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I'm paraphrasing my sentences in example but :

I don’t miss an establishment that profits from the poor. In its stead; I hold fond memories of noun, noun, and noun.

Am I using 'In its stead' correctly? I'm using the its part, of the In its stead phrase, to refer to the first statement. I dont know if that's correct or coming across as I would like. Thanks in advance!

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  • Use a comma or no punctuation. The semicolon is incorrect. Jul 28, 2022 at 5:50
  • No, "in its stead" is a preposition phrase, not a clause. Drop the semicolon (a comma is optionally possible). See James K's answer for further info.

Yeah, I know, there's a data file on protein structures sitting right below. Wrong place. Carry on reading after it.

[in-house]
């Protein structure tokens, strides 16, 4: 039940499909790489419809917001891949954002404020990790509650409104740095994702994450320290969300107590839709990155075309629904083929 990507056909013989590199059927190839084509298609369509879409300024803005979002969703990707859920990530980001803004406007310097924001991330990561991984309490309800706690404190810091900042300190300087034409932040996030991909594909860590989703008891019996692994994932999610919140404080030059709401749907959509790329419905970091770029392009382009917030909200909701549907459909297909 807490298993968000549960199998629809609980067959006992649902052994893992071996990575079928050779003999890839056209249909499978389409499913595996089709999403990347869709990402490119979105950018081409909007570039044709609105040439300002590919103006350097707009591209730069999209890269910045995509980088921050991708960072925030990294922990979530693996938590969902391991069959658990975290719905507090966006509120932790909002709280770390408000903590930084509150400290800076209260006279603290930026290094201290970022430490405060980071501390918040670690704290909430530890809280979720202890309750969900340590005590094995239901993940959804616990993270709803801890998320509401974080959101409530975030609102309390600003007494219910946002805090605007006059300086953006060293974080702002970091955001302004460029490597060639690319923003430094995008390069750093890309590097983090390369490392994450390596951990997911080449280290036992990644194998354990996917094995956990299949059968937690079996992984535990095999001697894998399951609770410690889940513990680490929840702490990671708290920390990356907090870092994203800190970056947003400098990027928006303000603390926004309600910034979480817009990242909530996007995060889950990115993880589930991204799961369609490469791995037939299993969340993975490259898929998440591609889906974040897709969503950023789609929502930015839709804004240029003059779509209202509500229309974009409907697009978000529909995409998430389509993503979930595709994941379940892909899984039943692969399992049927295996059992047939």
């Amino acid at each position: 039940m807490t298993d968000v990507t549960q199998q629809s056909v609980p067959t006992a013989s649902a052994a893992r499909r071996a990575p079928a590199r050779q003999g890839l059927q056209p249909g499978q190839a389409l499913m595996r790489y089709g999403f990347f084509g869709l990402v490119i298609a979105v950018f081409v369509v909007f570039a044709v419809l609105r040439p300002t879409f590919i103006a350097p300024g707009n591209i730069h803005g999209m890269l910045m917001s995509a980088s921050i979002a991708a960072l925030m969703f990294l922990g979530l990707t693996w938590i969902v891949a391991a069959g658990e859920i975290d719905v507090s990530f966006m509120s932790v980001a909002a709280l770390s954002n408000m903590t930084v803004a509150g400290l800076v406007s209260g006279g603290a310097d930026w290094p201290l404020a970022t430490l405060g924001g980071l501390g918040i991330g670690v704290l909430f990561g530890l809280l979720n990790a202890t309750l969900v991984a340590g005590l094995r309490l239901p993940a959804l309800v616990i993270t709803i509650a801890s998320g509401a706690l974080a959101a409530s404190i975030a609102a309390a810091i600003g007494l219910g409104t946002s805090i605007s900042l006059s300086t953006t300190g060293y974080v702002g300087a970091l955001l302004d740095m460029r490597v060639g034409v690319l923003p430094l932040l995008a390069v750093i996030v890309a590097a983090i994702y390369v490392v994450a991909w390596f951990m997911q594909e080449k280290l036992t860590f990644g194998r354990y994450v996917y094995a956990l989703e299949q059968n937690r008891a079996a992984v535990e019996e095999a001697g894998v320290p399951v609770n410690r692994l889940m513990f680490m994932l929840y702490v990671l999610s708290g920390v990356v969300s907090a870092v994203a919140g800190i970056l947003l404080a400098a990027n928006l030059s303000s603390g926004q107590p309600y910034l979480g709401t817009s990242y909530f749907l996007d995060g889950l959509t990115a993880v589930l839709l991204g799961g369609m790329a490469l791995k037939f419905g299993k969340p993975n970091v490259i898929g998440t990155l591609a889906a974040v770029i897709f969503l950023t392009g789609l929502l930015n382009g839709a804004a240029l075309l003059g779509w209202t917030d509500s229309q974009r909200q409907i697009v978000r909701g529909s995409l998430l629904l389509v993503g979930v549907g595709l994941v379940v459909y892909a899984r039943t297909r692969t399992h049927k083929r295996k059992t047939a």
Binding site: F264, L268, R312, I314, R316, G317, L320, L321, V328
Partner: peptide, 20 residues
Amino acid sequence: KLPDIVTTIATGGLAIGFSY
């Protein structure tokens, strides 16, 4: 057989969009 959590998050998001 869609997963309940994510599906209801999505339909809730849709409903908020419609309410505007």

– BillJ
    Jul 28, 2022 at 8:33

2 Answers 2

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"In its stead" is not a clause (there's no verb). It is a prepositional phrase.

The meaning is similar to "In its place". You could say "We knocked down the old establishment. In its stead we built a school." The school was built in the place of the old establishment. Or you could say. "The boss is ill. In her stead, I will be chairing the meeting." You are taking the place of the boss.

You aren't a replacement for the old establishment, so you aren't using the phrase correctly. You can use some linking phrase like "On the other hand". or "Nevertheless".

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  • I don't think any American would ever use that phrase. Jul 28, 2022 at 9:14
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I'm guessing it's an archaic idiom.

Instead would be most common today.

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